Within your area of expertise, what are the top two or three general recommendations you would offer farmers to improve their management practices?
These recommendations are in the context of increased input prices for 2022:

  • Make sure adequate potassium (K) is available for the crop. If soils tests are high for K, do not apply more. If soils tests are low, apply all that is needed. Do not skimp.
  • Plant into as favorable of conditions as possible. There is a lot of interest in early planting dates, and we are studying that. One thing is clear: if we plant into stressful conditions that slow emergence, we have very little chance of maximizing yields.
  • Keep weeds away from soybeans and use soil residual herbicides. Since some herbicide supplies are low, this is a great year to bring residual herbicides into the system. If weeds get away, then high yields are not going to happen. Use full rates.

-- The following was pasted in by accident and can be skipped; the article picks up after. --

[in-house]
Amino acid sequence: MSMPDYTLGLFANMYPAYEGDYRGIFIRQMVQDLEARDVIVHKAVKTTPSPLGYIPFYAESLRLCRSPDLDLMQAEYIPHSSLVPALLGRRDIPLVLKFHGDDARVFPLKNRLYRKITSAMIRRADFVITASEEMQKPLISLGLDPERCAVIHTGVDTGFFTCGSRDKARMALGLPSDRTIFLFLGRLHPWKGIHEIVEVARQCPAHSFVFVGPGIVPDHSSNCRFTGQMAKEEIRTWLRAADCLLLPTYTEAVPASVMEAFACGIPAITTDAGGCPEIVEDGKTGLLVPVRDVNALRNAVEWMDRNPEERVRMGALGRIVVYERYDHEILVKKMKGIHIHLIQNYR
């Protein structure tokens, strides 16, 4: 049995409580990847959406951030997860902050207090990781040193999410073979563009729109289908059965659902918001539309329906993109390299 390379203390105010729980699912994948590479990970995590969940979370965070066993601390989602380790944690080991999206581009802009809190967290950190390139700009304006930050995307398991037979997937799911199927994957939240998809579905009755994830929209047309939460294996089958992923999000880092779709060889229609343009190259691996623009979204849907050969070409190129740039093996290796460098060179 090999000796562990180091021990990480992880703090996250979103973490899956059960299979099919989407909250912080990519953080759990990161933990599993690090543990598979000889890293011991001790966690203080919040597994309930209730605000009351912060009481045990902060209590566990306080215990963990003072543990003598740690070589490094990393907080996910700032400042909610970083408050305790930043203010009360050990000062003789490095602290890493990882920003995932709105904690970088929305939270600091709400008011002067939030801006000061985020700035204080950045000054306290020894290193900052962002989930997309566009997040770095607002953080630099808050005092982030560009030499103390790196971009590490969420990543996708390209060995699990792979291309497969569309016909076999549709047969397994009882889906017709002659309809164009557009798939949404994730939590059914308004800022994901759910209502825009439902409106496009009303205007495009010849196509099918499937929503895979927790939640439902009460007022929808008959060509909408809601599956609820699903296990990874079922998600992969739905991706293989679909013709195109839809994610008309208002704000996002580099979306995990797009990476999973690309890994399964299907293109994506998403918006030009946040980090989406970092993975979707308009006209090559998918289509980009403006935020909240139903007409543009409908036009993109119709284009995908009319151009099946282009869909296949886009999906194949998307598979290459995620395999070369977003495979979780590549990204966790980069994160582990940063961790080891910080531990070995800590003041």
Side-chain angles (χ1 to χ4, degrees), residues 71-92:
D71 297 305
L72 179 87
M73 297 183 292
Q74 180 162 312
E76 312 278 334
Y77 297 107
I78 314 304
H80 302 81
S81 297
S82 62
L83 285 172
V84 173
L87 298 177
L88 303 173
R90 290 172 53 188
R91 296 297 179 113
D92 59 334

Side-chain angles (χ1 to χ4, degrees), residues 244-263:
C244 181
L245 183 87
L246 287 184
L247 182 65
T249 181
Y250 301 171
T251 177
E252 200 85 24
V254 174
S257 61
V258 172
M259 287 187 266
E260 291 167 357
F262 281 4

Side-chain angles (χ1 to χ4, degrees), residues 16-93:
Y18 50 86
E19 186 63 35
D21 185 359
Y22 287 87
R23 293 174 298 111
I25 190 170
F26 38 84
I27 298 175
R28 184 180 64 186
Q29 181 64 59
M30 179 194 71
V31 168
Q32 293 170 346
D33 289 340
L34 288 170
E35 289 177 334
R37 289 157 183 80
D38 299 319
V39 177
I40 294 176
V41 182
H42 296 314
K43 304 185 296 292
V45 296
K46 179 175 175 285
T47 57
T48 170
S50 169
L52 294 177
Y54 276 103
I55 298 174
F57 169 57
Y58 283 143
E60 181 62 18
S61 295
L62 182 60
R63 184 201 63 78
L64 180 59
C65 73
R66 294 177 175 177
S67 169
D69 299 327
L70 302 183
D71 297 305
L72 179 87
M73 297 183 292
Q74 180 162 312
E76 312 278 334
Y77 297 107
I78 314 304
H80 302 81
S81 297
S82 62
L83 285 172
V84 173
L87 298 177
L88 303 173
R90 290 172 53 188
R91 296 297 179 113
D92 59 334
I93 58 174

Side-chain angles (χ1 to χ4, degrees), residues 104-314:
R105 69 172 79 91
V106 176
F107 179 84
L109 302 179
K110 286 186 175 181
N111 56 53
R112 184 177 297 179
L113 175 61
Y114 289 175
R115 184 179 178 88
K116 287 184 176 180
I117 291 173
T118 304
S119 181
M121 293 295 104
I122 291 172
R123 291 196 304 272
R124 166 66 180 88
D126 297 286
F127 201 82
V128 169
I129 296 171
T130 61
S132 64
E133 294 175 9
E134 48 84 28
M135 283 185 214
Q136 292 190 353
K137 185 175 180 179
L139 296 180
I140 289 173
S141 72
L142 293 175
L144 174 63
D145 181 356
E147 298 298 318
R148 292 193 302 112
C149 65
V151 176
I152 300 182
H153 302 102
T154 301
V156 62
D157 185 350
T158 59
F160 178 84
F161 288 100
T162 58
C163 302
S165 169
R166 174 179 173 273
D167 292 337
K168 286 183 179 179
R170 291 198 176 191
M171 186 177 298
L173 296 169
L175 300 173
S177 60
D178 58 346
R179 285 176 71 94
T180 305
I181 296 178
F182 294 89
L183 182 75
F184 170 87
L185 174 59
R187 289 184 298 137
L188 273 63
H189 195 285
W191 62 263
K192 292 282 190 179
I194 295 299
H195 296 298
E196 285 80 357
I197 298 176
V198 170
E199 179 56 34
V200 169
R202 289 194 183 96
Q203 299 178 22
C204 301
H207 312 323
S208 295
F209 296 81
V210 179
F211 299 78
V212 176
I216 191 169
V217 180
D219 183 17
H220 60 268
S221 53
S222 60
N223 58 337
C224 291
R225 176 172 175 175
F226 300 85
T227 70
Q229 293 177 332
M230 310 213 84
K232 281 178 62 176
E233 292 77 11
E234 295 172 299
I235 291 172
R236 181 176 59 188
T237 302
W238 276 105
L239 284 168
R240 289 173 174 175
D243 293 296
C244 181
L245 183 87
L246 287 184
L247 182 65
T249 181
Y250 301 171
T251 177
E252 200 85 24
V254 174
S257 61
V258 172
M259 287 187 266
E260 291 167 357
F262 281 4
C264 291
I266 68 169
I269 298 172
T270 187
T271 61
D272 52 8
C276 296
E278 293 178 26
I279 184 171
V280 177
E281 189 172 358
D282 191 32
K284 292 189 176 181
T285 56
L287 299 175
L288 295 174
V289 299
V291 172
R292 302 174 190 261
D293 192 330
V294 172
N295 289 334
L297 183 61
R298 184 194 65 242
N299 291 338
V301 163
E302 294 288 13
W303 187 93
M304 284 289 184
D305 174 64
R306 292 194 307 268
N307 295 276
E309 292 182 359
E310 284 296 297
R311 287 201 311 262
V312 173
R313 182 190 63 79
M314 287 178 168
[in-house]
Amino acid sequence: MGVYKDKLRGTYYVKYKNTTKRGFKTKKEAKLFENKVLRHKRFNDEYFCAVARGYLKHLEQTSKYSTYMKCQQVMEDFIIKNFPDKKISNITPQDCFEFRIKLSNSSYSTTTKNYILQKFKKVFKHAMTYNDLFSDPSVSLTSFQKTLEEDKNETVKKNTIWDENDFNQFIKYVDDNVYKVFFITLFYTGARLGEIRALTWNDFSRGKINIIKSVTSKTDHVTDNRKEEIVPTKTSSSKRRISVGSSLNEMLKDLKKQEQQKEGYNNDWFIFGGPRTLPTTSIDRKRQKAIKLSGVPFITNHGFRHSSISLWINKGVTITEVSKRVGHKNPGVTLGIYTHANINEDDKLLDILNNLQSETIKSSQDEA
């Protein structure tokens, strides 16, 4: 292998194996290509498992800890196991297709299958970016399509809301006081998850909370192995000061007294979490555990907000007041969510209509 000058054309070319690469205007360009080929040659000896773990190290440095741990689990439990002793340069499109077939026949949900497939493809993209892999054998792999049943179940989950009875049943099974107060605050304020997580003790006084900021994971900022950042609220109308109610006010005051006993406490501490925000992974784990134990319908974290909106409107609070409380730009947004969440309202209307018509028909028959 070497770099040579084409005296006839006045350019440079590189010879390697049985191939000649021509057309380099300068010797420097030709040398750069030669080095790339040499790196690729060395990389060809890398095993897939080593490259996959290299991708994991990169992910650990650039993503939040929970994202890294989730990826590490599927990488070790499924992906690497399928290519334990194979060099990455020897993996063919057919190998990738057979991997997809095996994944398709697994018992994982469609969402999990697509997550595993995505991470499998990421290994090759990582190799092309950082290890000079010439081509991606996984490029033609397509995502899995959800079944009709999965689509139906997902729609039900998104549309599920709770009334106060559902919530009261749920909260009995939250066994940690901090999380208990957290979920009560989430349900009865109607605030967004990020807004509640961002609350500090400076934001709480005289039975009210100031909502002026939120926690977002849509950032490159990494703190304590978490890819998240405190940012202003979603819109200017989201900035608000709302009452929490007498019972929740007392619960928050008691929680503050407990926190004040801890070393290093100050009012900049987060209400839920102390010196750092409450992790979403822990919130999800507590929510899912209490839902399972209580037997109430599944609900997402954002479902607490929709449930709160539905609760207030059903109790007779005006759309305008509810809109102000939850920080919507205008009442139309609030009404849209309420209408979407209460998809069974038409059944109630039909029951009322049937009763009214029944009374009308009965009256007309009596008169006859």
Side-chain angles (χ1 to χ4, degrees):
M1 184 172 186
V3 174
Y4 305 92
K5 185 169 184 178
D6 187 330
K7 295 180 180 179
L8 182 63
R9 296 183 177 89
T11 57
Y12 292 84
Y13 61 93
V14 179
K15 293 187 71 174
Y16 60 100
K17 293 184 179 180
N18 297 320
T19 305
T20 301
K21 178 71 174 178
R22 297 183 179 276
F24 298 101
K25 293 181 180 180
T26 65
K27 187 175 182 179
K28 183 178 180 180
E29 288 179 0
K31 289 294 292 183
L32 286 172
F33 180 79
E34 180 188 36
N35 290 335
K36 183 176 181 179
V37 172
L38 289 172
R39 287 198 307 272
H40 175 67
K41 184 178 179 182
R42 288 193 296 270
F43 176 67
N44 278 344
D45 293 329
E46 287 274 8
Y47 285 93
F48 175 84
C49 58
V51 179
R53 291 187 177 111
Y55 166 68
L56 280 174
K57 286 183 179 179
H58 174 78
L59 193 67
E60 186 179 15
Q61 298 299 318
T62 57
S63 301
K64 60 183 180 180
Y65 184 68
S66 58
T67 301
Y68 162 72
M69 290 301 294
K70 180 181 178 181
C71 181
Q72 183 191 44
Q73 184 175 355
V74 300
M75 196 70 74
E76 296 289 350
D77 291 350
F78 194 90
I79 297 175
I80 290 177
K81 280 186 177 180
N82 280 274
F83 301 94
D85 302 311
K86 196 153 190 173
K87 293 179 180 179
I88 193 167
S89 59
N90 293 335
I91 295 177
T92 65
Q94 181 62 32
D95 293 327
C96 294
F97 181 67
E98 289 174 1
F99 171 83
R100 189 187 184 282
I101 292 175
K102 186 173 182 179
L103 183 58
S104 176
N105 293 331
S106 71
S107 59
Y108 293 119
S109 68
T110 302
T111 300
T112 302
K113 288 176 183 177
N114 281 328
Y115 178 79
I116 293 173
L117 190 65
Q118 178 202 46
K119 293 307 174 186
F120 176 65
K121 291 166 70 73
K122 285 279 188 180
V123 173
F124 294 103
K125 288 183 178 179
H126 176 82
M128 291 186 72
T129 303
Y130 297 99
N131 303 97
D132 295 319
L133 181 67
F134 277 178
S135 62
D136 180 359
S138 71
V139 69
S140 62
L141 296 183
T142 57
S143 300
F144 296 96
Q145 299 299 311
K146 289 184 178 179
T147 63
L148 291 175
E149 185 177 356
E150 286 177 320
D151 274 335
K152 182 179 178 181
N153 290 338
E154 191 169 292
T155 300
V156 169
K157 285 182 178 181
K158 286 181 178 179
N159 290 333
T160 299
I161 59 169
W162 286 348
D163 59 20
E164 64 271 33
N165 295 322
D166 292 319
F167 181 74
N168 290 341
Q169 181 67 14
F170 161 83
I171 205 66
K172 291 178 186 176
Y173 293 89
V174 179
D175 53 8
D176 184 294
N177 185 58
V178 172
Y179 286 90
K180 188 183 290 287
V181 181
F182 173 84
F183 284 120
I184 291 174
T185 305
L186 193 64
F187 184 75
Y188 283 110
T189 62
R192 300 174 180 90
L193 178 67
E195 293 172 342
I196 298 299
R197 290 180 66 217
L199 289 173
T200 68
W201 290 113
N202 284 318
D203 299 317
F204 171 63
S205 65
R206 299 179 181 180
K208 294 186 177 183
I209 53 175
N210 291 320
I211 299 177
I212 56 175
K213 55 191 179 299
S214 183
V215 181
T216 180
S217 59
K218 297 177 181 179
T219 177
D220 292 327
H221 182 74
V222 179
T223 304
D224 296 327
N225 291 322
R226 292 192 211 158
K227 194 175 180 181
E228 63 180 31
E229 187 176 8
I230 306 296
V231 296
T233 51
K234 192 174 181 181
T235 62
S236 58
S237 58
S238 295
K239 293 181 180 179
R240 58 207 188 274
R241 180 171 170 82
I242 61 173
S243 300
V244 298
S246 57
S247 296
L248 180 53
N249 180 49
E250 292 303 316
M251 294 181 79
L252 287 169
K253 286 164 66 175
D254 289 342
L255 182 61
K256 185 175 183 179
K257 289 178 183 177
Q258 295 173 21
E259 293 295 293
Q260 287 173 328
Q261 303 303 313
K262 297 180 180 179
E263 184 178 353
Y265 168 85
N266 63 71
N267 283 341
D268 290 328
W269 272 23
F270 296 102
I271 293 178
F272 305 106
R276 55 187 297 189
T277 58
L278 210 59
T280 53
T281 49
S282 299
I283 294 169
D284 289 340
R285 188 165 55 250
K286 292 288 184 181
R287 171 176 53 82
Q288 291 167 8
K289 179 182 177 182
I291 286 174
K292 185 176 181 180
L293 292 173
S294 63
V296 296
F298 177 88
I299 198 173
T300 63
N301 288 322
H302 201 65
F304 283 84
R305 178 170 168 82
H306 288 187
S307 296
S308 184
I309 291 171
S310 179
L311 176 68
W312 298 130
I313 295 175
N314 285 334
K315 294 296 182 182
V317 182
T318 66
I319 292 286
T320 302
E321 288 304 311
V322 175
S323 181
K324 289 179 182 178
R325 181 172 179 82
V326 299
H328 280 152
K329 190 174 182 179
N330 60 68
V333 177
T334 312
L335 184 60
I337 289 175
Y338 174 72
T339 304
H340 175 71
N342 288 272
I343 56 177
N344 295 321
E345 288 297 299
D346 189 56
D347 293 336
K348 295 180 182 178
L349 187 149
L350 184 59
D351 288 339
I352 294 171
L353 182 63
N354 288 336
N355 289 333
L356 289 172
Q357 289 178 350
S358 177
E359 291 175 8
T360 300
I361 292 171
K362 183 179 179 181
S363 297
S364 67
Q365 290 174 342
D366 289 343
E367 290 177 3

Within your area of expertise, what do you consider to be critical soybean research needs that can impact the profitability of farmers in the future?

  • Soybean planting date and flowering relative to summer solstice. There is a tremendous amount of interest in this topic yet yield data from farmers in our state suggest that early planting dates are less of a factor than weather during pod set and seed fill.
  • Improving our understanding of the probability of yield increases. There are numerous products and practices all advertised to increase yields by “3 to 5 bushels.” Those numbers are often in the range of variability in our trials and extremely difficult to confirm with replicated research. Our efforts across the country can help us better understand those probabilities and improve the knowledge for farmers to make decisions.
  • Improving yield potential in double-crop soybeans. This is a regional issue, where we plant soybeans in June after wheat harvest. The soybeans often have a lower yield than full-season soybeans planted in May. The last decade of weather has been favorable for high double-crop yields and that allows us to be more aggressive with management.